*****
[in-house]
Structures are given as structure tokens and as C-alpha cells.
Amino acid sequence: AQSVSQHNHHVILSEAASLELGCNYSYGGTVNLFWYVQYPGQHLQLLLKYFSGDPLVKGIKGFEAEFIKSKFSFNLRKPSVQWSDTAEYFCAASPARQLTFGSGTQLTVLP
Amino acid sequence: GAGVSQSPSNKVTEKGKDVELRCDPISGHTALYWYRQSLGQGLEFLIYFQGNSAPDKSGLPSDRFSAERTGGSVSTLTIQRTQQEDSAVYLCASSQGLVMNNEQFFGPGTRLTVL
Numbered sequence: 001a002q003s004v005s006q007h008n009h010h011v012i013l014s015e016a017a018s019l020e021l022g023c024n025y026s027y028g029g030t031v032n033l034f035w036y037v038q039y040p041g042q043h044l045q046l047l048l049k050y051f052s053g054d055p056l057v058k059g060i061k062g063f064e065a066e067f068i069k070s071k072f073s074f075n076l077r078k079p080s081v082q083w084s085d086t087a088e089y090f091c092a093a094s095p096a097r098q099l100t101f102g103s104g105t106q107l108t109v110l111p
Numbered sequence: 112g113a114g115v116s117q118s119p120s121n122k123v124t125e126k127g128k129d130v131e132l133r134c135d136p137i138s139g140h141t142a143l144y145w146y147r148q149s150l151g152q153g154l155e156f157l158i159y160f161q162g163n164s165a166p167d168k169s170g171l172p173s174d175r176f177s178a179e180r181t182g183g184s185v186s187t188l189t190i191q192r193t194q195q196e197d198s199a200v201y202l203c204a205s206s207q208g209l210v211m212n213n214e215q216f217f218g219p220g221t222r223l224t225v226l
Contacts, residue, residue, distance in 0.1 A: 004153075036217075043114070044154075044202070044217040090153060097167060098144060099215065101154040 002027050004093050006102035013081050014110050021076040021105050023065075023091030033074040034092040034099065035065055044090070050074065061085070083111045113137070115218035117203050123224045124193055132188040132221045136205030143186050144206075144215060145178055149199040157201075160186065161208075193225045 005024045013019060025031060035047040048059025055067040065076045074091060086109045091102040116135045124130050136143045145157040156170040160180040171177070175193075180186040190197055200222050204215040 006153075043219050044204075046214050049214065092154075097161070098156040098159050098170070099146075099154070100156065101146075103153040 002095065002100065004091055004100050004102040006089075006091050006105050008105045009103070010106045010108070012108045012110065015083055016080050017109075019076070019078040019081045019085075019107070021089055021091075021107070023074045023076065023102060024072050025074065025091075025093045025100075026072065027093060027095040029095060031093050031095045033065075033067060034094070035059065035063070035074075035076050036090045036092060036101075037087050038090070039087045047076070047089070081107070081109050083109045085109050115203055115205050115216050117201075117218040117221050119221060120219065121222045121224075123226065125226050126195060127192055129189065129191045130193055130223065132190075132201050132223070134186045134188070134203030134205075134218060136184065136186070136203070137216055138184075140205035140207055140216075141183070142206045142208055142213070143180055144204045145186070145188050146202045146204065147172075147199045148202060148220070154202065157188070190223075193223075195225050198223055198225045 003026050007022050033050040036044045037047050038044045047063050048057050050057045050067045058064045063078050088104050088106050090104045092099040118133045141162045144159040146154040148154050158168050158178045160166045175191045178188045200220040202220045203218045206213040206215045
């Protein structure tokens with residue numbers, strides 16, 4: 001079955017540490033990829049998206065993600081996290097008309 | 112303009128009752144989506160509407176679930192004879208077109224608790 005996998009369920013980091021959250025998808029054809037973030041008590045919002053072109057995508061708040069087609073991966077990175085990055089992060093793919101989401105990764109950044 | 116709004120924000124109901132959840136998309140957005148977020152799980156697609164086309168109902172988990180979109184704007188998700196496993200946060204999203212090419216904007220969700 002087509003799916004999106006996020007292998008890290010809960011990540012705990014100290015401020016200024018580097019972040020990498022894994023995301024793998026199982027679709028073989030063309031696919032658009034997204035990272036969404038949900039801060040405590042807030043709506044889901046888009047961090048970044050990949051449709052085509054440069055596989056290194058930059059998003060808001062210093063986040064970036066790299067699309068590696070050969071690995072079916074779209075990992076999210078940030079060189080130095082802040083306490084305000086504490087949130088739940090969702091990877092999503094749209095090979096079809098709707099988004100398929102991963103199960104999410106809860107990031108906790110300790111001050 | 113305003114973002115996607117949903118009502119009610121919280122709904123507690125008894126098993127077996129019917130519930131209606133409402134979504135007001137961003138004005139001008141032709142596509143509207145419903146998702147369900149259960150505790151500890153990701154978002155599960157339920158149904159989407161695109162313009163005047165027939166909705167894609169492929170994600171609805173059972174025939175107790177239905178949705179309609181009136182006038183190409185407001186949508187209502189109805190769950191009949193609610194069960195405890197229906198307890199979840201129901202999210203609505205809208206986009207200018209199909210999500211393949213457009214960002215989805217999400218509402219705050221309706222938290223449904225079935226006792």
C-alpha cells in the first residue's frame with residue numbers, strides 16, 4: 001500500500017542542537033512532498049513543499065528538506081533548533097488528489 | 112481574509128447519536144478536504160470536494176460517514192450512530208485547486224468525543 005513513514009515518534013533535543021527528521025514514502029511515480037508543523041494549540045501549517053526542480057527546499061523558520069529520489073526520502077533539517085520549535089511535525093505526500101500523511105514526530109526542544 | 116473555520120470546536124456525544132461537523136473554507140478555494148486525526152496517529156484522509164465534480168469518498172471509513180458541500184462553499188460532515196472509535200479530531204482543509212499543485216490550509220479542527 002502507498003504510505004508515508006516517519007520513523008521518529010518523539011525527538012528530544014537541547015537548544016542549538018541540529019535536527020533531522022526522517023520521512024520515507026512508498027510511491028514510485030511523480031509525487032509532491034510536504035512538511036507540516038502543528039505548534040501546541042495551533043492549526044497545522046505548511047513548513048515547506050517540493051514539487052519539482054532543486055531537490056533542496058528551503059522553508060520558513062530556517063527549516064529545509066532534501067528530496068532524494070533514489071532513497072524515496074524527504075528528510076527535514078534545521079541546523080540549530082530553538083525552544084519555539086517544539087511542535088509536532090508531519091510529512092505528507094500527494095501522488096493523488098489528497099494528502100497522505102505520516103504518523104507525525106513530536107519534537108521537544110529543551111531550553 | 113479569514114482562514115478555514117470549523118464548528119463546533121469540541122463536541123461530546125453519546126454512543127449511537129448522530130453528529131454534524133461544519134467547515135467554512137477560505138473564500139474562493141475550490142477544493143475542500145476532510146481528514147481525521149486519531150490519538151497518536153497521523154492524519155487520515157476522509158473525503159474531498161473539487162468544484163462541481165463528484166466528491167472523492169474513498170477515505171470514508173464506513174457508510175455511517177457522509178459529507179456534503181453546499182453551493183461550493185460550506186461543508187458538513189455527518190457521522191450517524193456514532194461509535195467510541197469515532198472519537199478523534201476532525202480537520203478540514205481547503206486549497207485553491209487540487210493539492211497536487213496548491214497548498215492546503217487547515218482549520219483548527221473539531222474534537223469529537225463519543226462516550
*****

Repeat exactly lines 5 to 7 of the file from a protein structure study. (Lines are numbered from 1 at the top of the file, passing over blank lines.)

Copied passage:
Numbered sequence: 001a002q003s004v005s006q007h008n009h010h011v012i013l014s015e016a017a018s019l020e021l022g023c024n025y026s027y028g029g030t031v032n033l034f035w036y037v038q039y040p041g042q043h044l045q046l047l048l049k050y051f052s053g054d055p056l057v058k059g060i061k062g063f064e065a066e067f068i069k070s071k072f073s074f075n076l077r078k079p080s081v082q083w084s085d086t087a088e089y090f091c092a093a094s095p096a097r098q099l100t101f102g103s104g105t106q107l108t109v110l111p
Numbered sequence: 112g113a114g115v116s117q118s119p120s121n122k123v124t125e126k127g128k129d130v131e132l133r134c135d136p137i138s139g140h141t142a143l144y145w146y147r148q149s150l151g152q153g154l155e156f157l158i159y160f161q162g163n164s165a166p167d168k169s170g171l172p173s174d175r176f177s178a179e180r181t182g183g184s185v186s187t188l189t190i191q192r193t194q195q196e197d198s199a200v201y202l203c204a205s206s207q208g209l210v211m212n213n214e215q216f217f218g219p220g221t222r223l224t225v226l
Contacts, residue, residue, distance in 0.1 A: 004153075036217075043114070044154075044202070044217040090153060097167060098144060099215065101154040 002027050004093050006102035013081050014110050021076040021105050023065075023091030033074040034092040034099065035065055044090070050074065061085070083111045113137070115218035117203050123224045124193055132188040132221045136205030143186050144206075144215060145178055149199040157201075160186065161208075193225045 005024045013019060025031060035047040048059025055067040065076045074091060086109045091102040116135045124130050136143045145157040156170040160180040171177070175193075180186040190197055200222050204215040 006153075043219050044204075046214050049214065092154075097161070098156040098159050098170070099146075099154070100156065101146075103153040 002095065002100065004091055004100050004102040006089075006091050006105050008105045009103070010106045010108070012108045012110065015083055016080050017109075019076070019078040019081045019085075019107070021089055021091075021107070023074045023076065023102060024072050025074065025091075025093045025100075026072065027093060027095040029095060031093050031095045033065075033067060034094070035059065035063070035074075035076050036090045036092060036101075037087050038090070039087045047076070047089070081107070081109050083109045085109050115203055115205050115216050117201075117218040117221050119221060120219065121222045121224075123226065125226050126195060127192055129189065129191045130193055130223065132190075132201050132223070134186045134188070134203030134205075134218060136184065136186070136203070137216055138184075140205035140207055140216075141183070142206045142208055142213070143180055144204045145186070145188050146202045146204065147172075147199045148202060148220070154202065157188070190223075193223075195225050198223055198225045 003026050007022050033050040036044045037047050038044045047063050048057050050057045050067045058064045063078050088104050088106050090104045092099040118133045141162045144159040146154040148154050158168050158178045160166045175191045178188045200220040202220045203218045206213040206215045